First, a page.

Personal Responsibility Within a Behavioral Approach

We have received much positive feedback on our book Safe by Accident and we are delighted that so many people find it helpful.  There is one issue that some people are struggling with so we want to take this opportunity to clarify.  Some readers are having trouble reconciling our discussion of the influence of organizational/management systems on at-risk behavior and the concept of personal responsibility for safety.  The question is: if at-risk behavior is found to be influenced by management-controlled organizational systems, does that let the frontline performer off the hook? To some extent this is a philosophical issue.  The notion of personal responsibility is embedded in our culture.  It is present in our judicial, political and social systems and has served us well in many respects.  In a work setting, telling employees that they are “responsible for their personal safety” at work is helpful as a broad antecedent.  It sets the expectation that each person must do what they can to protect themselves and others.  The question is what specifically are they responsible for?  Telling miners they are responsible for their own safety and then sending them into a mine that is poorly ventilated and structurally unsound is absurd. 

They cannot be responsible for their own safety under those conditions because they do not control them.  We think everyone will agree with this extreme example.  The difficulty comes with less extreme examples.  Workers who are trained in procedures but don’t follow them consistently, for example.  Our position is that there is shared responsibility in most cases.  Our concern with the notion of “personal responsibility” is that it sounds like an easy solution to a very complex problem.  We are sure that some of you have told employees in your organization that they are responsible for their personal safety.  We assume since you are reading this, that hasn’t solved all your safety problems.  Antecedents rarely do. So where does personal responsibility fit in? Let’s back up. The goal in safety is to prevent injury and illness.  If we say that people are responsible for their own safety, then it follows that if they are not safe, they are to blame. Our point is that blaming people for things that are, at least to some extent, outside of their control does not accomplish the goal.  If it did more organizations would be perfectly safe by now.  But let us be very clear: we are not suggesting that accountability (a synonym of responsibility) is bad.  Accountability is essential in safety.  However, it is critical that organizations first determine WHO should be accountable for WHAT.  The word, accountability, is often code for whom to punish.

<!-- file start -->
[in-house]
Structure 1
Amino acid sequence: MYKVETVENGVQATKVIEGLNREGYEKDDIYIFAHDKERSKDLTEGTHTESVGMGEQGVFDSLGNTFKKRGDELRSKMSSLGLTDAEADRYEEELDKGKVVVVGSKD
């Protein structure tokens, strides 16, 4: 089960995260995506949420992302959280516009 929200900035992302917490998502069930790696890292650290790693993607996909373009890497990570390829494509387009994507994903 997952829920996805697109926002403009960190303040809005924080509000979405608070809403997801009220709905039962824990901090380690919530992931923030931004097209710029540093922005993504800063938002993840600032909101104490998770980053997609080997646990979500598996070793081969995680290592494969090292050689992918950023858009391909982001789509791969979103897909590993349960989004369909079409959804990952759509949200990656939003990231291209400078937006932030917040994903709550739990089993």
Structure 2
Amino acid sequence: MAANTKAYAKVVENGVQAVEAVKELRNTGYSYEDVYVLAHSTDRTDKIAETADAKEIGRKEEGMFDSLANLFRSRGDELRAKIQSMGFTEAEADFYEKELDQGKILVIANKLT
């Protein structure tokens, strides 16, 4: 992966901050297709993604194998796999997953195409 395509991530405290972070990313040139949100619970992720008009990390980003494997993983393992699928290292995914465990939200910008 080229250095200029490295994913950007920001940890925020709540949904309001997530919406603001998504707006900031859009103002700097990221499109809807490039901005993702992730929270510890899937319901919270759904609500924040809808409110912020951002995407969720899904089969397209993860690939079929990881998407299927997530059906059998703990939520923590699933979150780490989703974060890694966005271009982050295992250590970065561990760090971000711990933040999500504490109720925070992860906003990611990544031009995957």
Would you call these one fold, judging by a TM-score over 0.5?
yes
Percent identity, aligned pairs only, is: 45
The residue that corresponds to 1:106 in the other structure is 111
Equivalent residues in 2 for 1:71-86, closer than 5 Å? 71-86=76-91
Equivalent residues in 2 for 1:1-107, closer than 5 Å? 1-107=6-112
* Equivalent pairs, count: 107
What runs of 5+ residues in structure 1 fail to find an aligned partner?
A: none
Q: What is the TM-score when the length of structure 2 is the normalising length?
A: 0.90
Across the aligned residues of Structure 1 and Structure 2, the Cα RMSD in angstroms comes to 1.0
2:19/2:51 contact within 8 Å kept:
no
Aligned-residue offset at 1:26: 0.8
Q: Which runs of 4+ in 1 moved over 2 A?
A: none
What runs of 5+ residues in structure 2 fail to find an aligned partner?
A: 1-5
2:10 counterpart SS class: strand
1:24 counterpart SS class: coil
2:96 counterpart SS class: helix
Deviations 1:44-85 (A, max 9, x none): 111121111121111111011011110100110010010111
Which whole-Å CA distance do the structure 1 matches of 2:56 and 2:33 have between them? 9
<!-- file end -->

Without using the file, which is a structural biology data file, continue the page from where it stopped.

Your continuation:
The issue is not who should be punished but what actions will correct the situation so that it will not recur.  Although punishment is appropriate under certain circumstances, we see too often that organizations punish only the person at the point of the accident without fully understanding the systemic issues that have contributed. This is not only unjust, but it fails to rectify the situation. Systems are designed and maintained by people.   Therefore, there should be accountability for those who control the systems to change the systems if they are faulty.  Once the systems are changed then everyone who works in those systems should be held accountable (positively reinforced for engaging in safe behaviors and corrected when they are not).  This is not about absolving personal responsibility--quite the opposite.  It is about establishing accountability, at all levels, that will lead to true improvement.  Frontline performers need to be held accountable for those things under their control.  They should be responsible for reporting hazards, providing feedback to keep peers safe, participating in safety meetings, talking to management when systems make working safely more difficult, offering solutions, and working to improve their own safe behaviors.  Frontline performers will be more successful in “taking personal responsibility for their safety” if they work in partnership with management and those who control the organizational systems within which they work.

Posted by Judy Agnew, Ph.D.

As senior vice president of safety solutions, Judy spends her time helping clients create sustainable safety cultures. She also helps clients with strategy execution beyond safety, and general management and leadership improvement across cultural and generational differences.